Last night, Raleighites had a chance to hear a presentation about the upcoming Union Station and to comment on some of the high level concepts being drawn up for the new station. This was the first of several meetings to show off the work as it progresses towards a more complete design.
I want to reiterate the fact that this meeting was indeed very high level and nothing concrete has been put into plan. The presenters spent about 30-45 minutes going through slides of the warehouse district and the viaduct building itself. Maps showed very rough concepts that the station will have, things like a mix of gathering space, retail, and operations space.
The presenters emphasized that they wanted the entrance to be grand and inviting. Borrowing from a plethora of examples from around the world, it felt like Raleigh’s Union Station will try to have that big and open-style entrance that others seem to have.
The very first concepts, the ones that have been out way before this meeting, of the station layout are actually being challenged. More emphasis on the gathering space, making it bigger and more voluminous, was shown in the drawings. There also was, what appeared to be, more thought put into the parking lot layout than before.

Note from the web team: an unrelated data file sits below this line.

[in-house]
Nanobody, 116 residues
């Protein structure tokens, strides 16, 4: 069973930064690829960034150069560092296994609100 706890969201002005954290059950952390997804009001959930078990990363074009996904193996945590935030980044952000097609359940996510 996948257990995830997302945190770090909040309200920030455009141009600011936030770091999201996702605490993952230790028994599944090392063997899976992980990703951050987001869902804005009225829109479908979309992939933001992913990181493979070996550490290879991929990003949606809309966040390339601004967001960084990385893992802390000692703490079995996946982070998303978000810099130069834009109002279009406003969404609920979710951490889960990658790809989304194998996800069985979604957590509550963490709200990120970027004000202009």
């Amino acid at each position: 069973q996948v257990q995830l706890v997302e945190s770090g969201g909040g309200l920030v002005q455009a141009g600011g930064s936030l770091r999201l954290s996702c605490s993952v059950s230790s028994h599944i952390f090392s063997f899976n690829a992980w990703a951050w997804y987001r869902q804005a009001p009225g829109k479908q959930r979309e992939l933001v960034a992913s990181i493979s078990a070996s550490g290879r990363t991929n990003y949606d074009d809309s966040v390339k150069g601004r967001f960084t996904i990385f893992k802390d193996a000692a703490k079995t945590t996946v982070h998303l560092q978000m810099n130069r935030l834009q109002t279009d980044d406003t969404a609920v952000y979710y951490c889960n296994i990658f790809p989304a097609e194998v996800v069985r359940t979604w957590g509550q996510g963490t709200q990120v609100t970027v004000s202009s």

Here’s the original layout of the station area.
Notice the parking lot layout relative to West Street.
And now here is the original floor plan for the interior.
Here you can see the breakdown between the gathering space, shown in blue, the retail space, orange, and the office space, brown.
Last night, we had this new plan on the table.
The same blue area in the image above shows an elongated gathering space that goes from the front to almost the back of the building. This comes from a different layout of the offices and incorporating some of the upper floors of the northern part of the building. The larger gathering space, suggested to be lit up with lots of natural light, is a great idea and I hope the planners can deliver it.
The parking lot has been rethought with a second entrance to West Street and a traffic circle in front to keep vehicles moving and avoiding conflict with parking. This is definitely a step in the right direction as car/bus traffic flow is being thought of in a smarter way.
I’m hoping the entrance in the front, with a pedestrian plaza, will really get some extra attention. As soon as travelers arrive at Union Station, they will be stepping into downtown and the plaza needs to make a statement. I’m hoping visitors will stop for a quick second and feel like taking a photo of themselves.
Great stuff so far. Expect more details during the next presentation.